This is almost a dream site. Set on a ridge above Torquay in Devon, it faces south-west over moorland and north-east to the sea. So it was well worth local clients Linda and Matthew Fox buying the small, undistinguished render-and-tile bungalow at the top of the long, sloping plot about nine years ago. They first planned to extend the house to accommodate children but the project has grown, effectively into a new-build.
The earlier plan to extend the bungalow has shaped Peralta, though. The broad idea had been to remove the roof and add a second storey, like a layer of flat-roofed boxes. Gradually ideas became more radical, and integrated.
From a cost viewpoint, the potential savings of conversion rather than new-build diminished in the light of existing construction, such as uninsulated walls, plus VAT. From a planning viewpoint too, it was essentially becoming a new house - but this was not a problem. Stan Bolt is building a regional reputation for modern houses, and some local planners at least are becoming more comfortable with this language. For Peralta in particular, the immediate surroundings comprise other, mostly larger, rendered and tiled one-storey and two-storey houses, variously extended, set in their own planting-enclosed plots along the ridge; this is not a strongly architecture-defining context.
Of course, the cost grew in design development, from first thoughts of about £150,000 to a final cost of double that. The clients liked what developed in the drawings and model.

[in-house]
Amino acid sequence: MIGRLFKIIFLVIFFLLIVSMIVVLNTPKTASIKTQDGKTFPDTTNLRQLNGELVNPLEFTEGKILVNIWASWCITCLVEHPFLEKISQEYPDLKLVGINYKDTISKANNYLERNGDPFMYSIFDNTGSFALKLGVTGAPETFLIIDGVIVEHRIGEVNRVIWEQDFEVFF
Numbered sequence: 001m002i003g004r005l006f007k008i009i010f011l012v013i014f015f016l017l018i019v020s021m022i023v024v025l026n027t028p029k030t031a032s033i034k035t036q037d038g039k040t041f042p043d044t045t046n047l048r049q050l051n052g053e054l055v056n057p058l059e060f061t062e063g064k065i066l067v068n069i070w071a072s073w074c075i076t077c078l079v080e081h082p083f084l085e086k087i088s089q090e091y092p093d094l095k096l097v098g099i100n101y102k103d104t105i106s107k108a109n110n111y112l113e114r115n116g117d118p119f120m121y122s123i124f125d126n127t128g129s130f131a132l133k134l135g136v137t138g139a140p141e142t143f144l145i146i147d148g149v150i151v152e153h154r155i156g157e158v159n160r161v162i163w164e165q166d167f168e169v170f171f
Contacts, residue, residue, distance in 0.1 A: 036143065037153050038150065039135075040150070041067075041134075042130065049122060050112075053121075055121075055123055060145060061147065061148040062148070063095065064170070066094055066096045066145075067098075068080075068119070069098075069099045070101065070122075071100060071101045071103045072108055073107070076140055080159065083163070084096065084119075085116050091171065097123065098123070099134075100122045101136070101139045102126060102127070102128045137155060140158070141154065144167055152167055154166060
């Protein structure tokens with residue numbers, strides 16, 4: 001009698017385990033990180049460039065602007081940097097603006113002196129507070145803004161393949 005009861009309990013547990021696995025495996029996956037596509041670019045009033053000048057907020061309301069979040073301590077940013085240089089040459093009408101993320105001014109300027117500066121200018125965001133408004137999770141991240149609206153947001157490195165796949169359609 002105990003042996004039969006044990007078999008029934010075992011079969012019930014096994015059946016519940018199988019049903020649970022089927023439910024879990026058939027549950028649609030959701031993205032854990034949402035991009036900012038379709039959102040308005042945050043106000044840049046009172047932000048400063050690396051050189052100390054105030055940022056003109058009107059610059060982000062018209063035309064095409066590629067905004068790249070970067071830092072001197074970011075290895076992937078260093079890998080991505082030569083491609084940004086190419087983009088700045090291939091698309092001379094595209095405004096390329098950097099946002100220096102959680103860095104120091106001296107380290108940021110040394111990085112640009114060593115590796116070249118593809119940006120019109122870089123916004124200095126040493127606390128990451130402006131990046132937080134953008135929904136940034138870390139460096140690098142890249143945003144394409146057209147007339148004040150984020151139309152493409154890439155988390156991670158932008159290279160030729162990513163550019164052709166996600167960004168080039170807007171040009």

While the overall bungalow footprint remains, most of the sense of the extended bungalow has gone, preserved mainly in the horizontally emphasised layering of the two levels and the box-like cantilevering of some of the upper spaces. The lower level is rendered blockwork;
the upper level is lighter, timber-framed.
Looking at the model in Bolt's studio, you see the building in the round as a villa. But the long site is little wider than the house, so that while there is a sculptural stair tower at the front, the external appearance is more of two-dimensional elevations - two abstract compositions of front and back. The northeasterly front is relatively closed, with most of the windows on the first floor. This is the side overlooked from across the narrow road where neighbouring houses, though set lower than Peralta, now block the sea view from ground-floor level. So the main formal living space, with its views, is on the upper floor.
To the rear of the house this main living space, with its views across open moorland, is glazed right across. The family space below it was at first similarly open, with a run of glazed doors. However, they had exceeded the amount of glazing area allowed under the Building Regulations SAP measures, and a compromise was needed on the overall glazed area, so a solid panel was introduced in the ground-floor glazed-door run. This compromises the horizontal emphasis of this facade.
Seen from the interior, though, the argument for not compromising on the extent of glazing in the first-floor living room is unassailable.
Crossing a pond at the front leads to a large oak door and, beyond, a generous entrance.